Another amazing photo from APOD–
Which as in previous photos like this that I’ve posted, shows a huge swath of sky, as we would see it with all the stars we *can* see, along with all the nebulae that we humans *cannot* see with our human eyes. It’s a big patch of sky, from the constellations Auriga at left to Orion on its left side in upper right. Click to the site and move cursor over photo to see IDs of main stars and nebulae.
Washington Post: Neil deGrasse Tyson on the Pandemic Year: Science Needs Better Marketing, subtitled, “Many people who love their high-tech smartphones refused to trust scientists when it came to Covid.”
If the enterprise of science were some newfangled, untested way of knowing, one might empathize with these sentiments. But the people who battle against science are the same ones who, for instance, wield and embrace their pocket-sized smartphones, which merge state-of-the-art engineering, mathematics, information technology and space physics. It’s an educator’s conundrum indeed.
Imagine the ad campaigns: We fly through the air at 500 mph, seated in a cushioned chair, inside a 100-ton metal tube, 30,000 feet above the ground—because of science. We communicate with practically anyone we’ve ever met, in an instant, no matter where they are in the world—because of science. We obtain immediate access to all the compiled knowledge of the world, at our fingertips—because of science. Neither you nor your mother died in childbirth—because of science. Most people used to die at 65 or 45 or younger, but we don’t anymore—because of science. And we are able to glean accurate insights about Earth’s past, present and future, especially its climate, our ecosystem and the forces we exert upon them—because of science.
Which is to say, the conspiracy theorists spread their ideas to their gullible followers via devices built with the very science those followers deny.
The Atlantic: Following Your Gut Isn’t the Right Way to Go, subtitled “The experts had a rough year. We still have to trust them.”
By Tom Nichols — again, a conservative who left the Republican party during the Trump years. I reviewed a book of his a couple years ago: Nichols, THE DEATH OF EXPERTISE.
I’ve spent years telling people, usually with exasperation and a certain amount of petulance, to trust experts and to stop obsessing about the rarity of their failure. But that was before a crisis in which millions of lives were dependent on a working relationship between science and government. Now that I must take my own advice, I feel the same anxiety I’ve so often dismissed in others. We—and I’m including myself here—need to come back to our senses about expertise.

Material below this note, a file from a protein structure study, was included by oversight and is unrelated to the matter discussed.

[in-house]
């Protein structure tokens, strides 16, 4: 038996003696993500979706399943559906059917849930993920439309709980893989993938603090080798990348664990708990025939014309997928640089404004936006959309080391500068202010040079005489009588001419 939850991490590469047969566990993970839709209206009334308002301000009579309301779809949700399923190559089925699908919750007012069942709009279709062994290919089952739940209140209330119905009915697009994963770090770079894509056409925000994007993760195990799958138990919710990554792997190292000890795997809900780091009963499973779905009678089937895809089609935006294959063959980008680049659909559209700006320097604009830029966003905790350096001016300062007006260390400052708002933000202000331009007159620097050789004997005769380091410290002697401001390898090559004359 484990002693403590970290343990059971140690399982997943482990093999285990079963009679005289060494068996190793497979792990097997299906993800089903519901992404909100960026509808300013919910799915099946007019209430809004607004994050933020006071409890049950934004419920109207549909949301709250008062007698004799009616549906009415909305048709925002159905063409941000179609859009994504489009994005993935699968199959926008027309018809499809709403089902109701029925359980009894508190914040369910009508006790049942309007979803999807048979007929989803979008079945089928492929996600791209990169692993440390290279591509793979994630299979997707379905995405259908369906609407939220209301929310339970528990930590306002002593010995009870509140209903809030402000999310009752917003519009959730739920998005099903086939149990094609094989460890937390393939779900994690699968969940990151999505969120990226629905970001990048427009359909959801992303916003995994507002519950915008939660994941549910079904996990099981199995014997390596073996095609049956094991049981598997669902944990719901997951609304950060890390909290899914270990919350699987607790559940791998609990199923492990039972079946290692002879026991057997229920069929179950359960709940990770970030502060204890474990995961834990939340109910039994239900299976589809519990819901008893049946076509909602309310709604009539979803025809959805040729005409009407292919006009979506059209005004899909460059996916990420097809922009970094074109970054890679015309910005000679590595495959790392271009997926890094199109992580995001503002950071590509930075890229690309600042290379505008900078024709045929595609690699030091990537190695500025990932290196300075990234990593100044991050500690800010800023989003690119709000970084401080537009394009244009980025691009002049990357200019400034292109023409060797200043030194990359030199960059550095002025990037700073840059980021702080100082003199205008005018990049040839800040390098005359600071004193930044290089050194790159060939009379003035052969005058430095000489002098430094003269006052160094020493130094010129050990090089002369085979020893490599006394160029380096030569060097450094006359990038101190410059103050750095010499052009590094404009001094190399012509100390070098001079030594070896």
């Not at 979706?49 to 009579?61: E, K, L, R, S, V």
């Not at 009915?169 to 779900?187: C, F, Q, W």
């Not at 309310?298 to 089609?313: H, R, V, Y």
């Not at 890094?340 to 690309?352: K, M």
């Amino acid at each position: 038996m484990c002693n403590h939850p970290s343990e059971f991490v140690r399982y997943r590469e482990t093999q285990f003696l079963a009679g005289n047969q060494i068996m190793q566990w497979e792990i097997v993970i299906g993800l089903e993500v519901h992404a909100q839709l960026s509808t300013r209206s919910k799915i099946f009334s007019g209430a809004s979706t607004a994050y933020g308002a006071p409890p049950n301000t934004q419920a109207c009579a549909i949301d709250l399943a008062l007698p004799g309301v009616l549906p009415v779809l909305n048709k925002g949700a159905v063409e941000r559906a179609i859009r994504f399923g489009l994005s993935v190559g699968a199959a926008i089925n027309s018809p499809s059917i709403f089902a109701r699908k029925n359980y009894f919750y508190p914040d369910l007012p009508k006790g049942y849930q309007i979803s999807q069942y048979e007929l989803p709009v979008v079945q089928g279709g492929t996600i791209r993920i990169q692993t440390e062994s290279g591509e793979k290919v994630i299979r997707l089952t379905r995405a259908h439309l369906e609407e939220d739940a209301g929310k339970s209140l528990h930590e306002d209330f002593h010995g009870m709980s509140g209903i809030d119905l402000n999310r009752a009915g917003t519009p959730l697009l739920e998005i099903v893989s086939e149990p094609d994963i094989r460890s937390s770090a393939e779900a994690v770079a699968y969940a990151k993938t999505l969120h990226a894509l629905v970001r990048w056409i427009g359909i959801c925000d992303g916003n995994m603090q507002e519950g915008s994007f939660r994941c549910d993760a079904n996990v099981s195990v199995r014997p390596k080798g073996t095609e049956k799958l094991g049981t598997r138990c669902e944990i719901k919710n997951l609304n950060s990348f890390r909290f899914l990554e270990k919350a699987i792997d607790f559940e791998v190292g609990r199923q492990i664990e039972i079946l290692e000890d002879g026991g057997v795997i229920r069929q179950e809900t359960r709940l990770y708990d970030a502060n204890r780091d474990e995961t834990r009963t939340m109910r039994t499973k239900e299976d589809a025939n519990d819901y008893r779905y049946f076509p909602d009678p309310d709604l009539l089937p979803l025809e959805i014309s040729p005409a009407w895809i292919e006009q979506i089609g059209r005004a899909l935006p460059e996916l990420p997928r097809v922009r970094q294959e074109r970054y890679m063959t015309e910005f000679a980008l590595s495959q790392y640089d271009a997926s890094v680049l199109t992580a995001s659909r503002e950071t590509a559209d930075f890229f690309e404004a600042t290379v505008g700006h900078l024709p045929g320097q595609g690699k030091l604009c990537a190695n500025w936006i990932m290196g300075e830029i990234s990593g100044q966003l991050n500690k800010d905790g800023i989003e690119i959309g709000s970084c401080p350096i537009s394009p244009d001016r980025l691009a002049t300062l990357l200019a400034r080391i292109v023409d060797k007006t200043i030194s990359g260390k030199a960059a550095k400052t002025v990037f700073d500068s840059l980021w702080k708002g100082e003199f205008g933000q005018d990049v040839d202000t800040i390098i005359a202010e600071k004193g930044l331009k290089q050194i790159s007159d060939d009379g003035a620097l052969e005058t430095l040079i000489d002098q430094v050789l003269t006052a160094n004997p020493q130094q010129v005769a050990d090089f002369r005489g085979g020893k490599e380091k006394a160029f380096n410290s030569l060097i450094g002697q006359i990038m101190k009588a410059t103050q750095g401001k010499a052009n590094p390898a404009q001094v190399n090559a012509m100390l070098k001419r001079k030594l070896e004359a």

For example, why ask *which* vaccine? Who are we to know? You have to trust people with expertise in areas you are not an expert in, and expect them to trust you in return. It’s part of the implicit social contract.
As paradoxical as this advice may seem, one important step to regaining our footing is for ordinary citizens to stop constantly seeking information as if we were fish darting about in a tank that’s been sprinkled with food. I say this as a victim of the same affliction; like everyone else, I am overwhelmed with extraneous information. I am far too awash in data, including much that I am not equipped to understand, about how each vaccine is made and which trials had better results.
The best experts help us find the sweet spot between our gut and our brain by explaining processes, risks, and benefits in ways that we can understand. The questions we pose to those experts are an important part of establishing a trusting relationship with them. But we must consider whether we are asking questions that are meaningful and intended to help us reach a decision, or whether we are asking questions to enjoy a temporary sense of empowerment.
This belief is the crux of the matter. Sometimes, experts and their institutions fail. But people who believe that medical schools, research institutions, peer review, and lab trials—in other words, the entire structure of modern science—have all failed or become corrupted are beyond the reach of reason, and no expert advice will sway them.
And concludes with an anecdote about being on a submarine in the middle of the ocean, looking up the night sky amid an infinite ocean. And how to be there, he has to trust the entire infrastructure of the people who built and run the sub.